Historically, insomnia has been viewed as a symptom of depressive illness that is expected to resolve with adequate treatment of the depressive disorder. This article reviews the evidence that increasingly challenges this simplistic view and summarizes research demonstrating the multifaceted interplay between insomnia and depression. It discusses the prevalence, clinical significance, and time course of insomnia, distinguishing between poor sleep and an insomnia disorder. The article also discusses abnormalities in sleep architecture in major depressive disorder and theories about the pathways connecting sleep and depression. It concludes with a discussion of issues related to treatment, including the effects of antidepressants on sleep and new evidence of the utility of adding an insomnia-specific therapy for improved management of depressed patients with comorbid insomnia.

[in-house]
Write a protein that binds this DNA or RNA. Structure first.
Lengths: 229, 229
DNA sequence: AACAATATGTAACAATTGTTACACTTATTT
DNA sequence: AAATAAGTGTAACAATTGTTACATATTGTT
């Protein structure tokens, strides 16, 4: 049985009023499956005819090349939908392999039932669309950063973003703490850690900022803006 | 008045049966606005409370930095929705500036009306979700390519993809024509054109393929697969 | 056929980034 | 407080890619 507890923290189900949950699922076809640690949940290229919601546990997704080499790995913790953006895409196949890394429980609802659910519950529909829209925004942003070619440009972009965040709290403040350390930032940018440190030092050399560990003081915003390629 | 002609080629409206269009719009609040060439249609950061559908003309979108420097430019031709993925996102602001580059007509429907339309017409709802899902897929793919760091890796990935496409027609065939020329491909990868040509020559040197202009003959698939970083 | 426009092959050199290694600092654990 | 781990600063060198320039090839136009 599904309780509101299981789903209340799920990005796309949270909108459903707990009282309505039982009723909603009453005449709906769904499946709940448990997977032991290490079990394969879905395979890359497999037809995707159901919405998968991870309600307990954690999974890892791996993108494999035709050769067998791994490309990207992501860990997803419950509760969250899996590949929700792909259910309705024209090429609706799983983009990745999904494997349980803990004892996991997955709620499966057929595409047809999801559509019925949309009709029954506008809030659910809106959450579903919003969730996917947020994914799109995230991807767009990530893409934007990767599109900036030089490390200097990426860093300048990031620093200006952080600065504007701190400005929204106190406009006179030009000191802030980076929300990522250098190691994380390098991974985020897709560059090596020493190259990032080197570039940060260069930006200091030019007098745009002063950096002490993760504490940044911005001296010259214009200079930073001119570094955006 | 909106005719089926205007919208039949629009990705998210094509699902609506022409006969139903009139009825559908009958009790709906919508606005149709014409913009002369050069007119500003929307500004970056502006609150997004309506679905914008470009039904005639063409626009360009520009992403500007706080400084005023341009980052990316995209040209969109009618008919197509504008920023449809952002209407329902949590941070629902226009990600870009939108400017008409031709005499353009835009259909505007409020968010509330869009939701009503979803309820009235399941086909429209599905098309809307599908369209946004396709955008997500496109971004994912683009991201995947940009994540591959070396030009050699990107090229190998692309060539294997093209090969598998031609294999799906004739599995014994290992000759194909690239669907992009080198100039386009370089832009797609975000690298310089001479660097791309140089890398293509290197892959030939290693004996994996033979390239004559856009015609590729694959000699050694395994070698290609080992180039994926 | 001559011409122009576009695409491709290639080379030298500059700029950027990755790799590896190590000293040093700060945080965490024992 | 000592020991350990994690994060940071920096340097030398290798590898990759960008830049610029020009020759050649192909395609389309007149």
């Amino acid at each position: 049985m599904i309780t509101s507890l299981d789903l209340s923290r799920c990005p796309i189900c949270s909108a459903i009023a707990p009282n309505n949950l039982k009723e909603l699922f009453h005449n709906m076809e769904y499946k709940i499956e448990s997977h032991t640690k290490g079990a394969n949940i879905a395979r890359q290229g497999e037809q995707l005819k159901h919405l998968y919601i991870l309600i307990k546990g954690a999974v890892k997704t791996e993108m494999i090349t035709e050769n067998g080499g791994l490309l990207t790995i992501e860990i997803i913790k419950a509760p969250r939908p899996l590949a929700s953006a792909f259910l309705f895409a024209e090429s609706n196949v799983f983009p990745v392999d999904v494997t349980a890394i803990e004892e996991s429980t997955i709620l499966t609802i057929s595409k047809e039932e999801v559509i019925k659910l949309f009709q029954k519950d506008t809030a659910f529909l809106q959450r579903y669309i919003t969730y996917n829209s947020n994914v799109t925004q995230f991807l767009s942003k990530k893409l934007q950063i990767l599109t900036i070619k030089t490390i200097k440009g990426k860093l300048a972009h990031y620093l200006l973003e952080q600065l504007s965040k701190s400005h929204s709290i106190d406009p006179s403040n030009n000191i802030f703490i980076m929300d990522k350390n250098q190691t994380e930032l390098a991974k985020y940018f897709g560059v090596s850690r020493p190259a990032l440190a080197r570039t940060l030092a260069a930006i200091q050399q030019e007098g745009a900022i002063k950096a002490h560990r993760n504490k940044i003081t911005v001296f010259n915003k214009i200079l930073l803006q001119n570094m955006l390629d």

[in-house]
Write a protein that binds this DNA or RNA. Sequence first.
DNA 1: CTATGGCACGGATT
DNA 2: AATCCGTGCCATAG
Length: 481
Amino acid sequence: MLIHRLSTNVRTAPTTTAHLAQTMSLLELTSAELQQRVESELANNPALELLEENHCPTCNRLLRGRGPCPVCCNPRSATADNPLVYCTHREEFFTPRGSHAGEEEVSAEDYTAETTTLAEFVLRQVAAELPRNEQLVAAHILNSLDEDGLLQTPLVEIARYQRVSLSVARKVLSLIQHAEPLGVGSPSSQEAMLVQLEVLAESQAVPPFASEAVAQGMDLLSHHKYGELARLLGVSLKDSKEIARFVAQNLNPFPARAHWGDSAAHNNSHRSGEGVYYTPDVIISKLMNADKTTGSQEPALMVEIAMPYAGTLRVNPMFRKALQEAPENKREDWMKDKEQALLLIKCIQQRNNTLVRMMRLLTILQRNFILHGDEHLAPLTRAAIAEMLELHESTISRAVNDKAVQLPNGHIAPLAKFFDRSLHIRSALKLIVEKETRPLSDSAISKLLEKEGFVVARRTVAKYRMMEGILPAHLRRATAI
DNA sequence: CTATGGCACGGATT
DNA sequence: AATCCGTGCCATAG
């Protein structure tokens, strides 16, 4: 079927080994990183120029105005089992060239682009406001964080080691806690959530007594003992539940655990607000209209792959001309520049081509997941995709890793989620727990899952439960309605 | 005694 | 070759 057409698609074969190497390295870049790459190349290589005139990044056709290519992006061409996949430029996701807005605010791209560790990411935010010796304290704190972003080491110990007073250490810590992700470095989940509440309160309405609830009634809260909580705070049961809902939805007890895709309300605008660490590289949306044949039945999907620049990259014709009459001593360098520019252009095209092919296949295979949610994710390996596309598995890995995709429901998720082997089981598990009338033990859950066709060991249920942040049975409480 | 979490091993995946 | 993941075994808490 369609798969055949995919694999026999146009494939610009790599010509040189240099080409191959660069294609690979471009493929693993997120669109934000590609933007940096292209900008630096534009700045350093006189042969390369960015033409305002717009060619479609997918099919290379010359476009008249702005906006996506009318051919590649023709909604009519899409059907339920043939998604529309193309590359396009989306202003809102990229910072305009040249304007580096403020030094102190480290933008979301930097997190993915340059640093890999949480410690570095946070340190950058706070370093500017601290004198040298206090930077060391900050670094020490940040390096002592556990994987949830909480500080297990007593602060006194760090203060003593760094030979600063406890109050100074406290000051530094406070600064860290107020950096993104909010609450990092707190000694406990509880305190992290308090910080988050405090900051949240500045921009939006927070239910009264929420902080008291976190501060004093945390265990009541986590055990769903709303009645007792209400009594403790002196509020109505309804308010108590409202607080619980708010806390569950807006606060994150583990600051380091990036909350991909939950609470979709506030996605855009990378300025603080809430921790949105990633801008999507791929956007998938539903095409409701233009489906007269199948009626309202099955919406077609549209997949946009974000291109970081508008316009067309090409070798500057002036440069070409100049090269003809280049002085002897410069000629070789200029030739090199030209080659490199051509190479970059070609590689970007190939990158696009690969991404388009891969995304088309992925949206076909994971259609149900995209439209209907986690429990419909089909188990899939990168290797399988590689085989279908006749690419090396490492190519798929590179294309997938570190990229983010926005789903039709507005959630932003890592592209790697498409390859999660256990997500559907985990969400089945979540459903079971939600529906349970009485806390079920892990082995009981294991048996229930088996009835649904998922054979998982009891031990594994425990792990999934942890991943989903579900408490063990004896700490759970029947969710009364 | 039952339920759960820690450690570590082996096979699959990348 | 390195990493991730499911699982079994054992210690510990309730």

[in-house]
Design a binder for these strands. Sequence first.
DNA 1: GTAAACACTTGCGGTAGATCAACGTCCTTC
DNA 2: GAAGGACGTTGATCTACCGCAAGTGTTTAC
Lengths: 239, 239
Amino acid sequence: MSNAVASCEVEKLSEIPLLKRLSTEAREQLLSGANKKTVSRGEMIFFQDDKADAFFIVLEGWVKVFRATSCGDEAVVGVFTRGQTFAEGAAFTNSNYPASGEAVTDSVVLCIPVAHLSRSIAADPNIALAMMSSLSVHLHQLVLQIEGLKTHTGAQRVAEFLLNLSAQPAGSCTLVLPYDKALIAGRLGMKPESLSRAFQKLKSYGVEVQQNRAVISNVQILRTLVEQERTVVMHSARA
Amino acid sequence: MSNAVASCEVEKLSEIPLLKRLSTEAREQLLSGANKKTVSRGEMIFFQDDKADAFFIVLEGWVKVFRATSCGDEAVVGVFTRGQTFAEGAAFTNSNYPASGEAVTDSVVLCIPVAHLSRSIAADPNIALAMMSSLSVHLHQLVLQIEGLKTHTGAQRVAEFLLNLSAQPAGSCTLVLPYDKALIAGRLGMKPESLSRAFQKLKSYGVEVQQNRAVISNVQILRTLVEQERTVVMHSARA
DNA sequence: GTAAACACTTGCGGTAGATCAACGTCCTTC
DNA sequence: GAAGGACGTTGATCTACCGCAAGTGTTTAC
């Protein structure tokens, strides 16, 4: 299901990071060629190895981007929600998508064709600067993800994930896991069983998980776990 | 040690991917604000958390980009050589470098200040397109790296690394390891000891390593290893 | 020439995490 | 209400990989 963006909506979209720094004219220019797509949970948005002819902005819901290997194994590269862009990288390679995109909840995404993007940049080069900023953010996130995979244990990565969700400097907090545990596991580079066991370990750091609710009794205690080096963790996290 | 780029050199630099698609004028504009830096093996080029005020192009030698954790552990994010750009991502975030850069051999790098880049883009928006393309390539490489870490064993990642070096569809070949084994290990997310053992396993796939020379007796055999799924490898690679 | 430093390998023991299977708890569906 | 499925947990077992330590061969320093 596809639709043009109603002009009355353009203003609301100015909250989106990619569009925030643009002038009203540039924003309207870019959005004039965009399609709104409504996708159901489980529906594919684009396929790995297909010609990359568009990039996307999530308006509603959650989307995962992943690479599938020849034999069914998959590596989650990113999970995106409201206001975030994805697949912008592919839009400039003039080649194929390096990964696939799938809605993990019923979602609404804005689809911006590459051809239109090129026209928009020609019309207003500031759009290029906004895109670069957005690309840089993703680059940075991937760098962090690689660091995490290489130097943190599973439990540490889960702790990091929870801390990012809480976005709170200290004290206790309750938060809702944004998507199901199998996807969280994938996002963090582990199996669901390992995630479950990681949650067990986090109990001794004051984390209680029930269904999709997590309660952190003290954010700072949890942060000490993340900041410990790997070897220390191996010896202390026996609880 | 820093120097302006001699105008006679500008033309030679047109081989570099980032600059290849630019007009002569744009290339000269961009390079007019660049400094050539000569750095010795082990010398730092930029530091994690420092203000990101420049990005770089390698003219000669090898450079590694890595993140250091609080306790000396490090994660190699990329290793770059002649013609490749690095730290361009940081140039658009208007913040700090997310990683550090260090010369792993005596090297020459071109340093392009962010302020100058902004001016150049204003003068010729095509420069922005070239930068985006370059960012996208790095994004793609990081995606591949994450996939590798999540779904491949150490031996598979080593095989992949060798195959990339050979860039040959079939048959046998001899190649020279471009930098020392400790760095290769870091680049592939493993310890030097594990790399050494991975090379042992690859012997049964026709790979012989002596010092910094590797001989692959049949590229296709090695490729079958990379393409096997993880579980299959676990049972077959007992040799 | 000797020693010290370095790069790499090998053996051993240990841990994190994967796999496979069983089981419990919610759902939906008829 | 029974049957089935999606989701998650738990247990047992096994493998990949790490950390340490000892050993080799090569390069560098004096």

View details for Web of Science ID 000207903000003
View details for PubMedID 19909664